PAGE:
Right Where I Should Be
Being right where you’re needed is exhausting. Don’t get me wrong, it’s also the most rewarding thing in the world, the thing that convinces you that all the trials you’ve endured aren’t just character building, but of redeemable use to other human beings. But I feel like I could happily sleep for a month.
Monday evening, a dear friend was raped. I got the text just as a panel on school pushouts was starting. Instead of mourning and raging at a distance, as I’ve done over the years when faraway friends went through their own trauma, I could do what I’d always wanted–even needed–to do: I quietly stood up, made my apologies, and raced to be with her within 15 minutes.
There’s something profoundly startling to hear your own words coming out of someone else’s mouth. Parents experience it all the time when their own favorite gems emerge from the miniature humans. But those dark thoughts of doubt, self-blame, and instinctive mistrust of your own reactions don’t sound right when you hear them out loud in another voice. She was full of “I shouldn’t have” and “I must have” and “If only.” It was hard to look at those ugly ideas in the light of day, and it gave me pleasure to shoot each one down with precision.
Eventually, she reached the conclusion that she wanted to report the assault. Several of the pieces of her story gave me that bone-deep certainty that this was his modus operandi, and that she wasn’t his first victim. She wasn’t content to be a statistic, and she felt safe enough and angry enough to do what she could to make sure she was his last victim. I worry I influenced her to do this because I wasn’t able to.
I went with her to the hospital, and apparently projected so much authority and right-of-place that it took a few hours for the staff to realize I wasn’t an official advocate from the local sexual assault survivors’ service. I held her hand, I made inappropriate jokes, I explained what would happen next. I told her to ride the waves of emotion without resistance or embarrassment, because fighting them would take energy she’d need for other things.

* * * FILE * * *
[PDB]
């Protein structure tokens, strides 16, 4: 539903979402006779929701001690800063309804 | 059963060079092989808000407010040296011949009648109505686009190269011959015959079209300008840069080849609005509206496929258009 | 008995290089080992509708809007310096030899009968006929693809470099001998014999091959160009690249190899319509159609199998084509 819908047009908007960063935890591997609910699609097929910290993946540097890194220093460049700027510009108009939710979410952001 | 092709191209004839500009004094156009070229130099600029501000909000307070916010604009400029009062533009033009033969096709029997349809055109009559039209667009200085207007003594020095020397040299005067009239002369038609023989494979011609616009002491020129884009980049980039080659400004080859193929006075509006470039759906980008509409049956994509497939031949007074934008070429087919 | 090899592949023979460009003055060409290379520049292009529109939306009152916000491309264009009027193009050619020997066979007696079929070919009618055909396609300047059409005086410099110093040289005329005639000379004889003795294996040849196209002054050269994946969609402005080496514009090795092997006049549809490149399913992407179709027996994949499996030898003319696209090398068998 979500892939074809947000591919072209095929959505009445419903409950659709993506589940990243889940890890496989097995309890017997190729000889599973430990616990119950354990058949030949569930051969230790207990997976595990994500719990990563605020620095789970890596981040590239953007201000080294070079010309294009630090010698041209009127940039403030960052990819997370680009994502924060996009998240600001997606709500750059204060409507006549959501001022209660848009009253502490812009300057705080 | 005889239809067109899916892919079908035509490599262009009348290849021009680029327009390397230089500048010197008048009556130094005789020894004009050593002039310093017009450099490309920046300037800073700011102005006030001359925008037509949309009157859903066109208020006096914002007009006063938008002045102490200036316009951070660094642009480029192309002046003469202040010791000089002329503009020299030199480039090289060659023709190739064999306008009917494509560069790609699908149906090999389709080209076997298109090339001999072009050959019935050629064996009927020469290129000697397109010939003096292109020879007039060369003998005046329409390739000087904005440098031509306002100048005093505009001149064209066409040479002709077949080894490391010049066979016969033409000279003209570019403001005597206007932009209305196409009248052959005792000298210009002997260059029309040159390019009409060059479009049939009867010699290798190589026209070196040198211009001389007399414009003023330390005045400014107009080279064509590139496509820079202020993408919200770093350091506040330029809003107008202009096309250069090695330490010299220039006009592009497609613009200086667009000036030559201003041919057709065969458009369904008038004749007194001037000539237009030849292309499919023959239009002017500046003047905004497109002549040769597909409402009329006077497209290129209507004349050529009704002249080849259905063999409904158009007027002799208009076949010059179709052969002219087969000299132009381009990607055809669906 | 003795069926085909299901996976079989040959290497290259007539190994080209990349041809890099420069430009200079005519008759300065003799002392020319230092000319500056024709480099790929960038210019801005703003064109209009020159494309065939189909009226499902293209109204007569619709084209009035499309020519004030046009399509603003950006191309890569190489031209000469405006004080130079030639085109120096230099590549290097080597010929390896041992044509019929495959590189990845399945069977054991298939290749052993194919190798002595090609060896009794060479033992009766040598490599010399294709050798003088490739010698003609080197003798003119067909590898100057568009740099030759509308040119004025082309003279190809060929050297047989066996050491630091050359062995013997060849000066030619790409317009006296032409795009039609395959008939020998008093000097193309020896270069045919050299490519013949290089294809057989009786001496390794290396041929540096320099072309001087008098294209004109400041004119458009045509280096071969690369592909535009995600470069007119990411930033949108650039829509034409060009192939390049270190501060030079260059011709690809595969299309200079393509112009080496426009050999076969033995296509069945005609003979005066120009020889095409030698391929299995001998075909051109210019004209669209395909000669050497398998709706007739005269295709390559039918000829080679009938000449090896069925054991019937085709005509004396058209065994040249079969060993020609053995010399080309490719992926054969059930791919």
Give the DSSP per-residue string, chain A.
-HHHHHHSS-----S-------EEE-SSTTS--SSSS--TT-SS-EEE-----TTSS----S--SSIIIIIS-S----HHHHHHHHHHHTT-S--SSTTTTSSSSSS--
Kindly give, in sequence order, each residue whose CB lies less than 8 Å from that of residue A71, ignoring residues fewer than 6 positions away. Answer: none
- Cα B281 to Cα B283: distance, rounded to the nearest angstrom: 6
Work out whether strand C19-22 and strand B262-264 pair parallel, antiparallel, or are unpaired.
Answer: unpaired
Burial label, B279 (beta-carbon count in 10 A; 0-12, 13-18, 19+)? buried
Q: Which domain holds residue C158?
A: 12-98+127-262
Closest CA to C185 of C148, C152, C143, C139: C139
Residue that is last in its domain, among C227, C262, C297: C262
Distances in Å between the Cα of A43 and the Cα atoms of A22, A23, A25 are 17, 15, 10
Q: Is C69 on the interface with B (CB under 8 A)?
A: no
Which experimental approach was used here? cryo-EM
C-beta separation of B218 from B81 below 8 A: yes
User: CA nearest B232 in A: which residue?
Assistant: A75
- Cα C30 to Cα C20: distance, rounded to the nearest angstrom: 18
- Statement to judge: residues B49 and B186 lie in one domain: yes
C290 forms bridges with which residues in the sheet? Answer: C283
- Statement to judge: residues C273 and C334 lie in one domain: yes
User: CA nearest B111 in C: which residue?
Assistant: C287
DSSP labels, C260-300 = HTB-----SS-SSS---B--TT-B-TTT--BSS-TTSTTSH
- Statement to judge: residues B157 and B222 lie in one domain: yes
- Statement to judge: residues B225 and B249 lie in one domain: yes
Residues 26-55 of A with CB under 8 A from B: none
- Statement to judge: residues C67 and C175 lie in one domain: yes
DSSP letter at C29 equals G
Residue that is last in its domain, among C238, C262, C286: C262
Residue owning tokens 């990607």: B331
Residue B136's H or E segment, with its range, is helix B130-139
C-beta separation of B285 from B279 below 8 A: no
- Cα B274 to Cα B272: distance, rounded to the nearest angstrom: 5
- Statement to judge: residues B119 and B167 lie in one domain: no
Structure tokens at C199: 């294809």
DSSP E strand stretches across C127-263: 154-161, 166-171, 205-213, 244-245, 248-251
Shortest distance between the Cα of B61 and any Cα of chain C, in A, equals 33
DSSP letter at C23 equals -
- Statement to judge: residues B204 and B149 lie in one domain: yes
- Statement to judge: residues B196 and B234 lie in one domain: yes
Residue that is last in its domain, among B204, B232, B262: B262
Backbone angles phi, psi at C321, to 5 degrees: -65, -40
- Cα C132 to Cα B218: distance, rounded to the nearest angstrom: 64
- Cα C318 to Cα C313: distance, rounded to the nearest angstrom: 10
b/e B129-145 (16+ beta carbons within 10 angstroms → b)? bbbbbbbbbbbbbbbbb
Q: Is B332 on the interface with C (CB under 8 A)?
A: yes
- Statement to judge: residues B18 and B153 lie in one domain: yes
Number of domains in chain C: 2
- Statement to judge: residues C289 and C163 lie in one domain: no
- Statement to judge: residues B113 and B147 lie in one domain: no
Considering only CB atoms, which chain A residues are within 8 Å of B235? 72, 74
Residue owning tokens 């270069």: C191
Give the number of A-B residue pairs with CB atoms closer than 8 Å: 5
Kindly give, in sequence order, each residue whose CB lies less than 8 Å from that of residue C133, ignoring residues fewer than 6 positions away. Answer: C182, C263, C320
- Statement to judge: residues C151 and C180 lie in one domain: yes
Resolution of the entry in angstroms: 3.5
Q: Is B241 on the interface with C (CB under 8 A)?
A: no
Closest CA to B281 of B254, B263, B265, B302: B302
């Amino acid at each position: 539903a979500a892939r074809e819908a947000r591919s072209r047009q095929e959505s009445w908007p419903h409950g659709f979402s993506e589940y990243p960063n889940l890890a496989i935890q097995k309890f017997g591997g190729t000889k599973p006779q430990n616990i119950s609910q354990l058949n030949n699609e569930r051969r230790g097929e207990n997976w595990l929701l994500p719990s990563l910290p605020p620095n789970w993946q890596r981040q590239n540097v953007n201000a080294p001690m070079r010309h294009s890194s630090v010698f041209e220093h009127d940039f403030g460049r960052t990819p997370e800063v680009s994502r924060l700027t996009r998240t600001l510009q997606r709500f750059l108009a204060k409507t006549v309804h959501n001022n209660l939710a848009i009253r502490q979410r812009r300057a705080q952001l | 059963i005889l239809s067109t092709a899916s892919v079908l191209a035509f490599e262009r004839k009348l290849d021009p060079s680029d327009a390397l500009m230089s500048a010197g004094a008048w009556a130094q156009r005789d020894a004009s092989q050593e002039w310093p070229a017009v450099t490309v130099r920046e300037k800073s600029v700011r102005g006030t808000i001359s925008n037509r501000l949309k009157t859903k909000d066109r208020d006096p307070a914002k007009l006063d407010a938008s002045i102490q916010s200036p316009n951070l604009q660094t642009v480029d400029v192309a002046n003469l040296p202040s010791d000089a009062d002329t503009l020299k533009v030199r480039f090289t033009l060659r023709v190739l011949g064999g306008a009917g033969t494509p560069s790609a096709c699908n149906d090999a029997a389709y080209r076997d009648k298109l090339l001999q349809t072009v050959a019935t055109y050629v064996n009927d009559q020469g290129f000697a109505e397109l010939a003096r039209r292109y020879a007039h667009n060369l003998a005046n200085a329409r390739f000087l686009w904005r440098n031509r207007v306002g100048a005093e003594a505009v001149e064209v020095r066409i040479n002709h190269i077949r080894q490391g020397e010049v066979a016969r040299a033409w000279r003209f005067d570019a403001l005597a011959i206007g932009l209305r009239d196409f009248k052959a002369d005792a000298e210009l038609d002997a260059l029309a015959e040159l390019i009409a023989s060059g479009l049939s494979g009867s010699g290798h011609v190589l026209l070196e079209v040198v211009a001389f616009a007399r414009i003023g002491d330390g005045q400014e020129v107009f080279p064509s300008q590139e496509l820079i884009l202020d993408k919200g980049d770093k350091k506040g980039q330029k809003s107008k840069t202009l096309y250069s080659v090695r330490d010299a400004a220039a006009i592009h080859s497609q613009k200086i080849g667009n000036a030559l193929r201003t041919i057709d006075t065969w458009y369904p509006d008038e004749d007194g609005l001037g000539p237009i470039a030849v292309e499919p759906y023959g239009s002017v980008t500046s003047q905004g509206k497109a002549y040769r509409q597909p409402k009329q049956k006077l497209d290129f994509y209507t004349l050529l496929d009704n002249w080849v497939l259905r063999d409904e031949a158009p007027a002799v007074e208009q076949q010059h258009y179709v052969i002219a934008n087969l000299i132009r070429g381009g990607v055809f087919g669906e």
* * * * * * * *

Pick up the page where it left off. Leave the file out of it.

The one thing I didn’t have to do was advocate for her against skeptical or disrespectful people. Every single person we encountered treated her with credulity, sensitivity, and most of all, kindness. The nurse told us that police department, hospital staff, and survivor services had worked together to create an integrated, victim-centered care system. I want more women in our city to know this is the case. There are so many reasons women don’t report, and fear of bad treatment doesn’t have to be one, at least not here.
All throughout this, and since then, I’ve been able to say the things I wish someone could’ve told me. I don’t think my friend knows how meaningful and precious that chance is. And because if they’re worth saying once, they’re worth repeating, I’ll say them again here:
Nothing you did made him hurt you. You’re not wrong for wanting to find someone. There’s no way you could’ve known that when he agreed to the boundaries you carefully articulated, he wasn’t planning to respect them. You weren’t stupid to find him attractive and trustworthy–he was grooming you and putting on his best show.
You’re not wrong when you think things will never be the same. And the only way through this is forward; there’s no reverse gear in this car. Things and places that used to feel safe won’t feel that way for a while, and whatever you need to do to find comfort and refuge is okay. The sooner you get into therapy, the better. There’s never a need to go through this alone.
There’s no timer on recovery. There are no milestones that you need to achieve in a certain order or by certain calendar marks. You may not want to think about dating again for a good long time. You may want to take back control of your body and your pleasure sooner than you think you should want to, but that’s not wrong or “slutty” or even illogical. All you have to do is live through this at your own speed.
You’re not responsible for anyone else’s feelings, and telling people the truth doesn’t require you to shepherd them through their own emotional responses. People say things in shock that they don’t mean, so don’t invest too much in their first reactions. Some people just can’t make themselves emotionally available for this, and they may offer stuff instead. You’re not obligated to invent things for people who want to help that way.
Finally, you’re part of a not-so-secret society now. Our stories are remarkably similar, no matter how different they are. We’ve shared common thoughts, common physical responses. It’s true–this destroys some people. But it empowers many others, and how you choose to put your experience into action is up to you. And if you’re very lucky, someday you’ll be able to take what you’ve learned and make it work for someone you love, and it’ll all seem strangely worth it. Be sure to thank that person for letting you help.
I wish every woman could have a friend like you and a community of providers as respectful.